The career of a performing musician is no simple thing. There are no entry-level jobs or internships, and there are very few salaried positions with benefits. Nearly everyone needs a non-music job to make ends meet when first starting their career, despite numerous degrees and years of education. Many of us are freelancers. I have seen a countless number of music majors graduate with a music degree but ultimately end up doing something entirely different.
Why is this? The classical music world certainly isn’t an easy place to make a living, but making music for “work” is inarguably a luxury.
A huge part of the problem stems from the way conservatory training is handled in America. The focus is on perfection and technical accomplishment while there is a huge, gaping hole in practical career skills. As a conservatory-trained musician with multiple degrees, I’ve witnessed these weaknesses first-hand. Here are some of the major problems.
1. A strong focus on perfection.
Let’s be upfront from the start and say that perfection does not exist. While classical music is a highly technical art, it is still an art. I’m not saying we should disregard intonation and accuracy, but we have set an unrealistic, unreachable standard (thanks in some ways to the age of flawless recordings). Your audience doesn’t care if you were a little flat for half a measure or if you fumbled over a note or two in a fast passage. They care if you made an emotional connection to the music and if your music spoke to them or moved them in some way. Your competitive colleague may have noticed, but who will ultimately be buying the tickets to your concert?
2. No (or little) career training.
As I mentioned earlier, there are very few full-time jobs as a performing musician. We spend all of our time in conservatories practicing for our private lessons and our orchestra seating auditions. Many of my colleagues spent hours in distress as they practiced for their orchestra auditions, but had no idea what they were going to do when they graduated. Even if you’re sitting in the principal seat and mastering a virtuosic concerto while in school, no one is going to hand you a job after graduation. Professional orchestra auditions are unbelievably competitive; they’re a tremendous challenge for the most proficient musicians in the country, and sadly, orchestra jobs are rated very low for job satisfaction. Despite that, many conservatories train classical musicians to do one thing: audition for orchestras.
Classical musicians should be trained for many possible career paths: forming a chamber group or ensemble, going on tour, or performing in outreach concerts. They should be taught to consider how and why their art is relevant and how they can bring it to a supportive audience. Without innovation or self-direction, the majority of classical musicians are doomed.
3. No marketing training.
A huge part of what we do as musicians is market ourselves. We present ourselves, or our chamber groups, to the public. We try to get people to come to our concerts. Sadly, “Classical Music Concert, Friday 8pm, Tickets $30” is not enticing to anyone, especially in a place where the average citizen can’t tell the difference between Bach and Brahms. This is where marketing comes in: What makes your concert interesting or different? Why should someone come to your concert instead of seeing Batman for the third time? This is rarely discussed in conservatory training.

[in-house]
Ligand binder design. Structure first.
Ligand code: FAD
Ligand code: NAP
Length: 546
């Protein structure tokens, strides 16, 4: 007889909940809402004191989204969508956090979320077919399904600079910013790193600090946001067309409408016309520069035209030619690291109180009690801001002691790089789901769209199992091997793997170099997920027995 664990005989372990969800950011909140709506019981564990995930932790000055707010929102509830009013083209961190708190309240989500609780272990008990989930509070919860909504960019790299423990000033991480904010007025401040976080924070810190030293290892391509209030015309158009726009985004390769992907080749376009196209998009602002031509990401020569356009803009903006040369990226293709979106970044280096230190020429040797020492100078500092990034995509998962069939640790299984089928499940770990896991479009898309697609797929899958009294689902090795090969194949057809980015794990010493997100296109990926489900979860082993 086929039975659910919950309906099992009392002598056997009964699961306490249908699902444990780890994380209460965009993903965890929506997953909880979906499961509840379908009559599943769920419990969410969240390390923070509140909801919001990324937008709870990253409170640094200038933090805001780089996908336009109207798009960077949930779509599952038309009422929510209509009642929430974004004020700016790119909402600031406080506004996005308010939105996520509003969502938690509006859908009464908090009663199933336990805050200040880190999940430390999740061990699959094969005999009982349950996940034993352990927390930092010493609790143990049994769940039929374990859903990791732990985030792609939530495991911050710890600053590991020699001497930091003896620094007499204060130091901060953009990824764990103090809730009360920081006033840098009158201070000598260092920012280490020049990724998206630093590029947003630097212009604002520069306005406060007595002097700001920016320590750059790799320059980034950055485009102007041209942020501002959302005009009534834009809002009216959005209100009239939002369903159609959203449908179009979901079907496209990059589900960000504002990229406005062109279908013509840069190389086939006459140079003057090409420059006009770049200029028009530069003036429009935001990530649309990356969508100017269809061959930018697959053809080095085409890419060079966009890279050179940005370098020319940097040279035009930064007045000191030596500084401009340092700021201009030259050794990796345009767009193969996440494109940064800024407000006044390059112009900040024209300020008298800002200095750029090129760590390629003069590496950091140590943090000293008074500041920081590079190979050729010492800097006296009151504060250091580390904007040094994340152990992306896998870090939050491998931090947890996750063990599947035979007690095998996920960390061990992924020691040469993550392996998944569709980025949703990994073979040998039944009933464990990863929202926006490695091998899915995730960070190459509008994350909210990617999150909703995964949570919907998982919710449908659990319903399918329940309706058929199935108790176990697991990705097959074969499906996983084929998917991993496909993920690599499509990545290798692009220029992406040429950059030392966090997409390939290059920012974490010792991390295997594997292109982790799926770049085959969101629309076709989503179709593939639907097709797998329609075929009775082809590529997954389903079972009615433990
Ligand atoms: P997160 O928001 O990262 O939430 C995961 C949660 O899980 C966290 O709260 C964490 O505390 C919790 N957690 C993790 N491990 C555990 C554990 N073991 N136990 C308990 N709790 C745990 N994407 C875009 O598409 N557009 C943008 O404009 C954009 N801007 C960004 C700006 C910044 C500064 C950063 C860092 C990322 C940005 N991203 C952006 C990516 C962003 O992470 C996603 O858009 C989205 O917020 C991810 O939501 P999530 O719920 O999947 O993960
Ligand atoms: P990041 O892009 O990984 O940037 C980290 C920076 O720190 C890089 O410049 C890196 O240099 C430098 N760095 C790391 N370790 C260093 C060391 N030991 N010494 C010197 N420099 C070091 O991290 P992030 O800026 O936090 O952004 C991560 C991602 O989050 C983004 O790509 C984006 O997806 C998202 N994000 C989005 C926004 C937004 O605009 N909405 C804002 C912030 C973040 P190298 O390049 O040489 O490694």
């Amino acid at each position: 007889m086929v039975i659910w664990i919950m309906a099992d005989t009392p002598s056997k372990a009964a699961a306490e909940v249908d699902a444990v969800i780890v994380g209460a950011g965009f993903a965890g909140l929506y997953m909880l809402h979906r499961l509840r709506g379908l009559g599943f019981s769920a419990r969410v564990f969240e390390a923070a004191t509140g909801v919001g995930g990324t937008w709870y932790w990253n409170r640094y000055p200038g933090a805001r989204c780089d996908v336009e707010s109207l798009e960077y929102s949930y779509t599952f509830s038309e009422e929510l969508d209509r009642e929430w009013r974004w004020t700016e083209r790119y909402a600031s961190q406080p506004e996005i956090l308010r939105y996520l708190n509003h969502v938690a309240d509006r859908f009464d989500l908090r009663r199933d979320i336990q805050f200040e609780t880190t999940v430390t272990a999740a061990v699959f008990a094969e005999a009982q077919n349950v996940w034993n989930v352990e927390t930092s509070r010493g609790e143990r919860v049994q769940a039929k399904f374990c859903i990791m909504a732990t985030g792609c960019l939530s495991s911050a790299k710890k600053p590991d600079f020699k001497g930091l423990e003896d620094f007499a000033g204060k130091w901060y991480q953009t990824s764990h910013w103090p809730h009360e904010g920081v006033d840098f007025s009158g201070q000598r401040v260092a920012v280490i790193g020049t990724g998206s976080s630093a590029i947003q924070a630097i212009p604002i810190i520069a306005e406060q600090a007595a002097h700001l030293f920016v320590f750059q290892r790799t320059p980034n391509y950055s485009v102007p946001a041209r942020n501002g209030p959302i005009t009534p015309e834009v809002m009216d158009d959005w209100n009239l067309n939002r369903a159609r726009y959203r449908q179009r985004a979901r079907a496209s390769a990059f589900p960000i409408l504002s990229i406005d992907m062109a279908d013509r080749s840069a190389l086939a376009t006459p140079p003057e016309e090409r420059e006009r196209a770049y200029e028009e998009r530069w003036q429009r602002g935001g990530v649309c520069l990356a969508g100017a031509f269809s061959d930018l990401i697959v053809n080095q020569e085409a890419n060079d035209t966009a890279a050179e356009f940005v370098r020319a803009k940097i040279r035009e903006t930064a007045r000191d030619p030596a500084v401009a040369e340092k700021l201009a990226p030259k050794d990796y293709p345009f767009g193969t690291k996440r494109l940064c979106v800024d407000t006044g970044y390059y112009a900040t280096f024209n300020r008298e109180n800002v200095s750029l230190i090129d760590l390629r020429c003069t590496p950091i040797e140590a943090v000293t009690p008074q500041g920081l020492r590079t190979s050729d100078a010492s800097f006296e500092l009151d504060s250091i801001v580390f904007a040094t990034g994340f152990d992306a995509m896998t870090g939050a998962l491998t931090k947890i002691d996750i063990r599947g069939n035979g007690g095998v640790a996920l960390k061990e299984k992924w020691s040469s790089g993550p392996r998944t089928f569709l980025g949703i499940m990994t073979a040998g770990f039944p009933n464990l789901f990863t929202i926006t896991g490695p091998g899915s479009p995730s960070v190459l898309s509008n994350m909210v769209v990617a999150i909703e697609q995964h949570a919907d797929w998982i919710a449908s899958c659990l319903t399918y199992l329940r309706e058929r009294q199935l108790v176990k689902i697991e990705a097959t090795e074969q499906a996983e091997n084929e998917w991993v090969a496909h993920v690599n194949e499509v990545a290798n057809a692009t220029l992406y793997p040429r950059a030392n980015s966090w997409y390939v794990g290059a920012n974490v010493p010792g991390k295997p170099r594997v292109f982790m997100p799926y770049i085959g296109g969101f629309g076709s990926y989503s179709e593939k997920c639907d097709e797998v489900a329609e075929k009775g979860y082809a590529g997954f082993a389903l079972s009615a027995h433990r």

And what about promotional materials? You’ll likely need flyers, postcards, and email invitations to let people know about your concert. Without knowing how to make tasteful, interesting, and enticing promotional materials, what is going to make your concert stand out?
4. Discouragement and competition.
In my undergraduate years, I was a bit of a runt. I came into my conservatory with only 2 years of private instruction while most of my colleagues had 10. As a young cellist I was commended for my passionate, expressive playing, but I suddenly found myself criticized for my unrefined technique. I felt disrespect from faculty and colleagues alike. In a discussion about music, what I was saying was not valued because I wasn’t “good.”
Despite my technical challenges, I developed a clear musical vision of what I wanted for myself and my career. In my case, it was early music, and I began attending festivals and academies across the country to learn more and refine my skills. Suddenly, I had a realistic idea of what I might do and how I might do it, while my more “advanced” peers had no idea where to begin. And, thanks to plenty of practice and hard work, my technique improved.
Classical music is not a dying art. There are significant holes the curriculum for classical musicians, and these holes lead to uninspired, cynical musicians. Musicians should be joyful about what they do and excited to share it with others—they just need the right tools and training.
Now I’d like to hear from you. Musicians, how was your experience in conservatory? Did you come across these issues? Do you wish your instructors would have told you more, or less? Let me know in the comments.
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